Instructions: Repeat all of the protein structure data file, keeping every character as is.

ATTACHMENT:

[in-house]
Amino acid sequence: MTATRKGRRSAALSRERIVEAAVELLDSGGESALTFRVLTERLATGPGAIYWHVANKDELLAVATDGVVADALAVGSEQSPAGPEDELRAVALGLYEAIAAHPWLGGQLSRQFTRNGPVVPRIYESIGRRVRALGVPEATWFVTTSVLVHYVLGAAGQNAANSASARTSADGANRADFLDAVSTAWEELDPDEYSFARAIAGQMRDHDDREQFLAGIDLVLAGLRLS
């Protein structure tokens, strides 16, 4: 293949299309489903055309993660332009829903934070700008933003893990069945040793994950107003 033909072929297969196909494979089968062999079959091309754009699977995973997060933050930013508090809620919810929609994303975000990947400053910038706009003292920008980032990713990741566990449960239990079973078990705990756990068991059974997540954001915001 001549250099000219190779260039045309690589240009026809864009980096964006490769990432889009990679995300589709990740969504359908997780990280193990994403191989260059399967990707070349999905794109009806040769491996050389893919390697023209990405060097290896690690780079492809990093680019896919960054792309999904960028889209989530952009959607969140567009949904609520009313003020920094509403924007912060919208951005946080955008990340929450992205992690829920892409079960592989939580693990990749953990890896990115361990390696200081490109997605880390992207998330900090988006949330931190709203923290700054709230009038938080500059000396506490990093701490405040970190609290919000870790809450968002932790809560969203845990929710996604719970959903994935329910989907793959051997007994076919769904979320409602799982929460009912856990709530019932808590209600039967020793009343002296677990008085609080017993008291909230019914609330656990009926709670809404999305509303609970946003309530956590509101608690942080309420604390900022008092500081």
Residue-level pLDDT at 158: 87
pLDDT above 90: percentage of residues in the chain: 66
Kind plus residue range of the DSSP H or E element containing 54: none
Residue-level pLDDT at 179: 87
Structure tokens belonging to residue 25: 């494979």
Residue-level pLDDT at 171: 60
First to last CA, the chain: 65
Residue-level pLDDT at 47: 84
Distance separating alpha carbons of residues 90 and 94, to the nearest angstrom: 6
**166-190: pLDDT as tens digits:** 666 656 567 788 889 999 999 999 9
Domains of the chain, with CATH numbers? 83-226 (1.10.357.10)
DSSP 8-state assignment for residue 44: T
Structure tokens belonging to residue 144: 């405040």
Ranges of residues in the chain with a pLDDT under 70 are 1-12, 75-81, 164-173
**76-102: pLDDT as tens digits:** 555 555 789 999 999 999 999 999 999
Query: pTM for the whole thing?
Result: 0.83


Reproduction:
[in-house]
Amino acid sequence: MTATRKGRRSAALSRERIVEAAVELLDSGGESALTFRVLTERLATGPGAIYWHVANKDELLAVATDGVVADALAVGSEQSPAGPEDELRAVALGLYEAIAAHPWLGGQLSRQFTRNGPVVPRIYESIGRRVRALGVPEATWFVTTSVLVHYVLGAAGQNAANSASARTSADGANRADFLDAVSTAWEELDPDEYSFARAIAGQMRDHDDREQFLAGIDLVLAGLRLS
């Protein structure tokens, strides 16, 4: 293949299309489903055309993660332009829903934070700008933003893990069945040793994950107003 033909072929297969196909494979089968062999079959091309754009699977995973997060933050930013508090809620919810929609994303975000990947400053910038706009003292920008980032990713990741566990449960239990079973078990705990756990068991059974997540954001915001 001549250099000219190779260039045309690589240009026809864009980096964006490769990432889009990679995300589709990740969504359908997780990280193990994403191989260059399967990707070349999905794109009806040769491996050389893919390697023209990405060097290896690690780079492809990093680019896919960054792309999904960028889209989530952009959607969140567009949904609520009313003020920094509403924007912060919208951005946080955008990340929450992205992690829920892409079960592989939580693990990749953990890896990115361990390696200081490109997605880390992207998330900090988006949330931190709203923290700054709230009038938080500059000396506490990093701490405040970190609290919000870790809450968002932790809560969203845990929710996604719970959903994935329910989907793959051997007994076919769904979320409602799982929460009912856990709530019932808590209600039967020793009343002296677990008085609080017993008291909230019914609330656990009926709670809404999305509303609970946003309530956590509101608690942080309420604390900022008092500081």
Residue-level pLDDT at 158: 87
pLDDT above 90: percentage of residues in the chain: 66
Kind plus residue range of the DSSP H or E element containing 54: none
Residue-level pLDDT at 179: 87
Structure tokens belonging to residue 25: 């494979």
Residue-level pLDDT at 171: 60
First to last CA, the chain: 65
Residue-level pLDDT at 47: 84
Distance separating alpha carbons of residues 90 and 94, to the nearest angstrom: 6
**166-190: pLDDT as tens digits:** 666 656 567 788 889 999 999 999 9
Domains of the chain, with CATH numbers? 83-226 (1.10.357.10)
DSSP 8-state assignment for residue 44: T
Structure tokens belonging to residue 144: 């405040």
Ranges of residues in the chain with a pLDDT under 70 are 1-12, 75-81, 164-173
**76-102: pLDDT as tens digits:** 555 555 789 999 999 999 999 999 999
Query: pTM for the whole thing?
Result: 0.83